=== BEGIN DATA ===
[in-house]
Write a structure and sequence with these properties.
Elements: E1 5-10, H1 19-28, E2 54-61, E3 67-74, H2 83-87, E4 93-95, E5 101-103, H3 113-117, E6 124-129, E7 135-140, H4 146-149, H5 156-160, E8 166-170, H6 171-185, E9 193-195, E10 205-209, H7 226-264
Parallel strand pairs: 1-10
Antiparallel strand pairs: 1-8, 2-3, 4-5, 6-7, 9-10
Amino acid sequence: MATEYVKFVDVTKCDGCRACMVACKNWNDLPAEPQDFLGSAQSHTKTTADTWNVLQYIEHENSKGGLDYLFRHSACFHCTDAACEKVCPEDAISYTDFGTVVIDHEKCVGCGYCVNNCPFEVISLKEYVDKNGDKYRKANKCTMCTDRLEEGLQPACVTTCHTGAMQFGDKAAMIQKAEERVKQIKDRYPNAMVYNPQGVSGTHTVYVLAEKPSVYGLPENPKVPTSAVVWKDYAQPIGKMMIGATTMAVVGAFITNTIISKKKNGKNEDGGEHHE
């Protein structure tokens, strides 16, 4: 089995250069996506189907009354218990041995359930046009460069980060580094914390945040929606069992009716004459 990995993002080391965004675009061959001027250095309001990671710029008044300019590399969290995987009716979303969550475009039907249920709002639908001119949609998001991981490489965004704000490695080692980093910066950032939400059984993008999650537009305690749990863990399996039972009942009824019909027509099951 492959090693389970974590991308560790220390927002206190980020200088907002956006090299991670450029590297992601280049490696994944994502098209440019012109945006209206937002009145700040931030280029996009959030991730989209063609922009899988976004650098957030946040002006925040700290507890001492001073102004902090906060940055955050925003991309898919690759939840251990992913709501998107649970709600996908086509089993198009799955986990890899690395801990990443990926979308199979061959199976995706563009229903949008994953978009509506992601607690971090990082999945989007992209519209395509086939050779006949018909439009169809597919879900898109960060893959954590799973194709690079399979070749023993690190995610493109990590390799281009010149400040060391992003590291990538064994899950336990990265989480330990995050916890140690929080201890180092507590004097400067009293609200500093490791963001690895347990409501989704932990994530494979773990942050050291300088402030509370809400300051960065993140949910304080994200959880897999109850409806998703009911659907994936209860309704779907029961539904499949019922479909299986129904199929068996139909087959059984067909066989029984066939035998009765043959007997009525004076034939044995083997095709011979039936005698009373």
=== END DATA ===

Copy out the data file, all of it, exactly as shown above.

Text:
[in-house]
Write a structure and sequence with these properties.
Elements: E1 5-10, H1 19-28, E2 54-61, E3 67-74, H2 83-87, E4 93-95, E5 101-103, H3 113-117, E6 124-129, E7 135-140, H4 146-149, H5 156-160, E8 166-170, H6 171-185, E9 193-195, E10 205-209, H7 226-264
Parallel strand pairs: 1-10
Antiparallel strand pairs: 1-8, 2-3, 4-5, 6-7, 9-10
Amino acid sequence: MATEYVKFVDVTKCDGCRACMVACKNWNDLPAEPQDFLGSAQSHTKTTADTWNVLQYIEHENSKGGLDYLFRHSACFHCTDAACEKVCPEDAISYTDFGTVVIDHEKCVGCGYCVNNCPFEVISLKEYVDKNGDKYRKANKCTMCTDRLEEGLQPACVTTCHTGAMQFGDKAAMIQKAEERVKQIKDRYPNAMVYNPQGVSGTHTVYVLAEKPSVYGLPENPKVPTSAVVWKDYAQPIGKMMIGATTMAVVGAFITNTIISKKKNGKNEDGGEHHE
């Protein structure tokens, strides 16, 4: 089995250069996506189907009354218990041995359930046009460069980060580094914390945040929606069992009716004459 990995993002080391965004675009061959001027250095309001990671710029008044300019590399969290995987009716979303969550475009039907249920709002639908001119949609998001991981490489965004704000490695080692980093910066950032939400059984993008999650537009305690749990863990399996039972009942009824019909027509099951 492959090693389970974590991308560790220390927002206190980020200088907002956006090299991670450029590297992601280049490696994944994502098209440019012109945006209206937002009145700040931030280029996009959030991730989209063609922009899988976004650098957030946040002006925040700290507890001492001073102004902090906060940055955050925003991309898919690759939840251990992913709501998107649970709600996908086509089993198009799955986990890899690395801990990443990926979308199979061959199976995706563009229903949008994953978009509506992601607690971090990082999945989007992209519209395509086939050779006949018909439009169809597919879900898109960060893959954590799973194709690079399979070749023993690190995610493109990590390799281009010149400040060391992003590291990538064994899950336990990265989480330990995050916890140690929080201890180092507590004097400067009293609200500093490791963001690895347990409501989704932990994530494979773990942050050291300088402030509370809400300051960065993140949910304080994200959880897999109850409806998703009911659907994936209860309704779907029961539904499949019922479909299986129904199929068996139909087959059984067909066989029984066939035998009765043959007997009525004076034939044995083997095709011979039936005698009373």